B&W’s industrial boilers offer fuel flexibility with low-emissions

Babcock & Wilcox (B&W), which is based in the US and has a growing presence in the Middle East and Africa with offices in the UAE, Saudi Arabia, Egypt and South Africa, is a global leader in advanced energy and environmental technologies and services for the power, industrial and renewable markets.

With 5,000 package boiler units sold worldwide and extensive global experience in industrial steam generation and environmental technologies, B&W was chosen to supply key parts to the Integrated Refinery and Petrochemical Complex (IRPC) in Rayong, Thailand.

IRPC’s Rayong facility is the first fully integrated petrochemical complex in Southeast Asia, and is located in an industrial area of Rayong, with energy and seaport operations to support the area’s businesses. A subsidiary of Global Power Synergy, IRPC Clean Power Company (IRPC CP) owns and operates a cogeneration plant that produces and sells steam and electrical power.

B&W was selected through engineering, procurement and construction (EPC) contractor TTCL to supply IRPC CP’s combined heat and power (CHP) plant, CHP II, with an industrial boiler capable of generating and supplying steam to a neighboring factory.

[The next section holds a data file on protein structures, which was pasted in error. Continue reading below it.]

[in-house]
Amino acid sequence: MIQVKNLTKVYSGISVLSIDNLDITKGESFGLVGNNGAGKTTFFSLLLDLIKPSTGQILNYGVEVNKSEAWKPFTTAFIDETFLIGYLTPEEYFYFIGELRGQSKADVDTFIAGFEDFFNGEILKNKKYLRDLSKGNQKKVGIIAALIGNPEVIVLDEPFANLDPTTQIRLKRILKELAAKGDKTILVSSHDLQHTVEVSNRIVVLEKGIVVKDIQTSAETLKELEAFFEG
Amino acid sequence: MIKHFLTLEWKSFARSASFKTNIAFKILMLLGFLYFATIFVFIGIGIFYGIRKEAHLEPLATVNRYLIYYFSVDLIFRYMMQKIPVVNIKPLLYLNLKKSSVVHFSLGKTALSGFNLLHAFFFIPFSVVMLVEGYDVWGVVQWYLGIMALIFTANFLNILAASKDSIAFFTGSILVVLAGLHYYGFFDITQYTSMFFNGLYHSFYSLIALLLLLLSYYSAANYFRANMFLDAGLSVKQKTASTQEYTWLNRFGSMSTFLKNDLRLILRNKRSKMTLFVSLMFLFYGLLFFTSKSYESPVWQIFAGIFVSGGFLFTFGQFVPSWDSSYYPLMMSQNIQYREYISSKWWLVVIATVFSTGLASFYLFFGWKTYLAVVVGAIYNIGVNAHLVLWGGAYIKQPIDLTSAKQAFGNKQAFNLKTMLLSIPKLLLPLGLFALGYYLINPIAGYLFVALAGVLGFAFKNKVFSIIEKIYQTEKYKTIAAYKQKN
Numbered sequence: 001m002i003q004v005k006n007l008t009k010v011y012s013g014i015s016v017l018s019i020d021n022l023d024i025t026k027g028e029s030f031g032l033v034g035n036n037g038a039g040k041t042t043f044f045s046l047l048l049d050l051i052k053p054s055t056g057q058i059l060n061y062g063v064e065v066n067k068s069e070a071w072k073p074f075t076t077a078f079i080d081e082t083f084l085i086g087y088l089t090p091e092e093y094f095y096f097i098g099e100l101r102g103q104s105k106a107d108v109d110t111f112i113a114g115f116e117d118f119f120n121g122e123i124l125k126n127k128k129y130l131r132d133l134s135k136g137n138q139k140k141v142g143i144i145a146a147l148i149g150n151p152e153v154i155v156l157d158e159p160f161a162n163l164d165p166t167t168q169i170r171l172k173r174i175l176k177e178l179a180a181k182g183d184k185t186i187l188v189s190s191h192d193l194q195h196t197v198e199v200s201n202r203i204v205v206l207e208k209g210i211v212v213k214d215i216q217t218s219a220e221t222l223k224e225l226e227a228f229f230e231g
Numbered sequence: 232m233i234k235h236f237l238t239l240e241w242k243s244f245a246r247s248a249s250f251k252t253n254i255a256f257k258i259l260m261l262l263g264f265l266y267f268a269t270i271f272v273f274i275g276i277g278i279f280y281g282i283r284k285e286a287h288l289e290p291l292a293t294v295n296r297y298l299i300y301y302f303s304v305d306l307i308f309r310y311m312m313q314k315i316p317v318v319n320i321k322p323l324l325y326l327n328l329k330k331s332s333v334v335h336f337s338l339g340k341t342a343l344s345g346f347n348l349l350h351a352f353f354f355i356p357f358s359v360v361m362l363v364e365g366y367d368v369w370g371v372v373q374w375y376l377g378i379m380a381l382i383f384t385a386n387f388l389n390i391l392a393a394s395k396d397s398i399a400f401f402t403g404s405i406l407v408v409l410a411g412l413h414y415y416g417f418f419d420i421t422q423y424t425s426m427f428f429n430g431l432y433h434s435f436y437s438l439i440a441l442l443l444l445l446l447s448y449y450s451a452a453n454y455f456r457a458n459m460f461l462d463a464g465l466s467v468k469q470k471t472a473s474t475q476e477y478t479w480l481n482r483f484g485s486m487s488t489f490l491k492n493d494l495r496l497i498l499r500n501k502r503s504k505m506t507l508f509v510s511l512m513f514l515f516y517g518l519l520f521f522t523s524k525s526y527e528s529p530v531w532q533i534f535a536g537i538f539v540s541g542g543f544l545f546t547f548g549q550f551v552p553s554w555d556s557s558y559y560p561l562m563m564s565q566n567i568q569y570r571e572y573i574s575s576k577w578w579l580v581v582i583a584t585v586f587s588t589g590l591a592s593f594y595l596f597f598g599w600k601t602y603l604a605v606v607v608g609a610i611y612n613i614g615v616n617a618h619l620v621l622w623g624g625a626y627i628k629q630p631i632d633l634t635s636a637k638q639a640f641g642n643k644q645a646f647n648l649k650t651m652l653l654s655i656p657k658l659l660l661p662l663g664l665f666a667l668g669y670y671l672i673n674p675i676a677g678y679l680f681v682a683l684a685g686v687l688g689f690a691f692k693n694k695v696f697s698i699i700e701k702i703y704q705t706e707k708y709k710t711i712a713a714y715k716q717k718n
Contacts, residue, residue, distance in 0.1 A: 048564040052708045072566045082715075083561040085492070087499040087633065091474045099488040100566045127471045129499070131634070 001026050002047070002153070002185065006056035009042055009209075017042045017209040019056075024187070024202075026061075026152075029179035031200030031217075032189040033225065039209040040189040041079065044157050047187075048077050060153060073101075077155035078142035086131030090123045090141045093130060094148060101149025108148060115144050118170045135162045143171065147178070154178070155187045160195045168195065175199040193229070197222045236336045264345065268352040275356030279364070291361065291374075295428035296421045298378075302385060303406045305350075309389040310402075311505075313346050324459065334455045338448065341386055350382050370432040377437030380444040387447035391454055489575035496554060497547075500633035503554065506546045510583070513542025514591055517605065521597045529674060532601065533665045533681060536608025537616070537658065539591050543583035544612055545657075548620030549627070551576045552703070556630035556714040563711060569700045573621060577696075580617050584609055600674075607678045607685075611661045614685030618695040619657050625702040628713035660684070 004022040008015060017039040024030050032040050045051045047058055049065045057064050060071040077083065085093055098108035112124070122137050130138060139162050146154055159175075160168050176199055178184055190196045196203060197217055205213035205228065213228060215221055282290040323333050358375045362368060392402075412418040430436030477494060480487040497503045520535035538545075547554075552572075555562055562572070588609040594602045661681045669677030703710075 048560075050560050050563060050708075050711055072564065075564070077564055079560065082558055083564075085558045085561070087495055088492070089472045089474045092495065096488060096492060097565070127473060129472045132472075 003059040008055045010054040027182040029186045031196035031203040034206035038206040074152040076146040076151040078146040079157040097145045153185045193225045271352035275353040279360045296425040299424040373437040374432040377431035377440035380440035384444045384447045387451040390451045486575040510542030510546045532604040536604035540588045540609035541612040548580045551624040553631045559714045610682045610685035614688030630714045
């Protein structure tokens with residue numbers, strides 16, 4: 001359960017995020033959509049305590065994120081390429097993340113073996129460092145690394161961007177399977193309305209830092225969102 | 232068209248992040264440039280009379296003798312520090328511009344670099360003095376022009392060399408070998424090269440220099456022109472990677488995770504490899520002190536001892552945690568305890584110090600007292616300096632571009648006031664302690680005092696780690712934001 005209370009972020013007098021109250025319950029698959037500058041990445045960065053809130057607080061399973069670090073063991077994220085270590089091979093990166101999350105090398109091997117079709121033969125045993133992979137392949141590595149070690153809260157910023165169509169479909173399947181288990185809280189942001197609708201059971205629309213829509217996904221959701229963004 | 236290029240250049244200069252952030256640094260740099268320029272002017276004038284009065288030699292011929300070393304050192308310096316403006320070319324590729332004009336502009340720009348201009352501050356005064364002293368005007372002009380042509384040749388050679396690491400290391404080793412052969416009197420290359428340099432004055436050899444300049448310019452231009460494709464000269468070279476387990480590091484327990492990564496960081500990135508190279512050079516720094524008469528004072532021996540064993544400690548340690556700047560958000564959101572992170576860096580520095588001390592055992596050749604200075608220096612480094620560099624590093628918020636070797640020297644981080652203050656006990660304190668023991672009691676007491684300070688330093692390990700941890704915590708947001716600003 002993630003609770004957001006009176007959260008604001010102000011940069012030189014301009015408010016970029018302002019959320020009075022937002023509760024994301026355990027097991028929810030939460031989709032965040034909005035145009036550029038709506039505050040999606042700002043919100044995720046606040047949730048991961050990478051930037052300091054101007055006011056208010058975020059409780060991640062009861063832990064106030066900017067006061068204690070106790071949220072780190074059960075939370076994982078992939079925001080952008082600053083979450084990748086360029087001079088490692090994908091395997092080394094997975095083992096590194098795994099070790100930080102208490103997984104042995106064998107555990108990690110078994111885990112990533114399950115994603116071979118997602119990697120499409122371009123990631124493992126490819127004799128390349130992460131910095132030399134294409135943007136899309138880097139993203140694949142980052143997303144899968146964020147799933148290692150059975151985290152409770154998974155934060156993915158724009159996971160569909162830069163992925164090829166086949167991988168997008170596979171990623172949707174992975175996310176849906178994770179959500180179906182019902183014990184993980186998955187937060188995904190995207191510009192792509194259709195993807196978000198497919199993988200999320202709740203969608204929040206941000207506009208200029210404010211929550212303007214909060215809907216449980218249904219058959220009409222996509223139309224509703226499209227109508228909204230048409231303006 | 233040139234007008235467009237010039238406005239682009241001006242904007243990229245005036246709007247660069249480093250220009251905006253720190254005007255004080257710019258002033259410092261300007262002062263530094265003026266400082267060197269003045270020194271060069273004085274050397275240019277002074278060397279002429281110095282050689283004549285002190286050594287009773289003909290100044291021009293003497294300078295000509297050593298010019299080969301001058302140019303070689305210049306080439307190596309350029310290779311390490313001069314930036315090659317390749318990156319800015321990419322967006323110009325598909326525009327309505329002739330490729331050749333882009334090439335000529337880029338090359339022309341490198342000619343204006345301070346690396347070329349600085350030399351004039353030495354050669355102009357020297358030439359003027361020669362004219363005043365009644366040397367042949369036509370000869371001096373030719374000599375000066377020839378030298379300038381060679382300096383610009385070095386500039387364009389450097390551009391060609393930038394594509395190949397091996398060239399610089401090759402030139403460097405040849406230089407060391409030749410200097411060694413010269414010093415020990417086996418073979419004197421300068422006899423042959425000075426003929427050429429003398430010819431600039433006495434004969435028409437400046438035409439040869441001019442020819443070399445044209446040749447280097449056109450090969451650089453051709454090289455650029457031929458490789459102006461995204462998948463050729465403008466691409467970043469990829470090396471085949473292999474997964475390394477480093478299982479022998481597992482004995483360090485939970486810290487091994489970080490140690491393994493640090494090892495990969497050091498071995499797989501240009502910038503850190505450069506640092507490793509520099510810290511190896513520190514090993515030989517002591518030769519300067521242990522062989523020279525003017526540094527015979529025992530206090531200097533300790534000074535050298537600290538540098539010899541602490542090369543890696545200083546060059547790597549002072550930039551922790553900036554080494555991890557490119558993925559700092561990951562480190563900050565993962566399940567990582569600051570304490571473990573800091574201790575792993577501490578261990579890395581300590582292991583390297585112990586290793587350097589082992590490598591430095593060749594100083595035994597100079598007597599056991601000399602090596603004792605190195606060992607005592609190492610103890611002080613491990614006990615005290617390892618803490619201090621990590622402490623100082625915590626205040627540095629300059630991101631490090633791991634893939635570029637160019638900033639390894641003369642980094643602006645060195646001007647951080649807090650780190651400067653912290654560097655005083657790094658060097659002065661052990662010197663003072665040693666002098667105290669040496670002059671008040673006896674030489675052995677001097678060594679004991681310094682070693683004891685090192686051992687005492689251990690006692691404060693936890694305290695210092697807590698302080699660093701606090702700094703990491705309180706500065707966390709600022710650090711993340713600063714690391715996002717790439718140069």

B&W engineered an elevated three-drum water-tube boiler for IRPC
in Thailand

The project required a steam generation solution that could provide five minutes’ worth of water retention in case of a loss from feedwater pumps before a low-water trip to the boiler. The overall work scope included the supply of a 143,150 kg industrial boiler with steam capacity, including deaerator (DA) pegging steam, of 115,000 kg/h at 62 bar and 440 deg C; dual low NOx burners; dual forced draft fans (one for redundancy); economiser; and a control system.

The cost, transportation and environmental considerations were also factored into the design.

To meet all requirements of a high-capacity, factory-built unit, B&W engineered and delivered its first elevated three-drum water-tube boiler. It was designed to accommodate ample water holding capacity, much greater than a two-drum design.

In this project, the large steam drum was mounted prior to shipment, but for instances in which shipping height and weight limitations exist, the steam drum could be transported separately and assembled onsite.

Manufactured in the US, the unit was transferred by truck to the Tennessee-Tombigbee Waterway, then by barge to a port near Houston, Texas, from where it was shipped to IRPC’s dock in Rayong and delivered by truck to the plant.


The drum level did not deviate more than 15 mm from set point during normal plant load swings.

The unit, which was rated at 100 tons/h (net steam flow), was observed running at up to 110 tons/h.

CO and NOx emissions were well below required levels. Additionally, NOx levels below 25 ppm were achieved over the entire boiler load range via the flue gas recirculation (FGR) system.

The results showed a boiler efficiency of 84.42 per cent (HHV basis) achieved.

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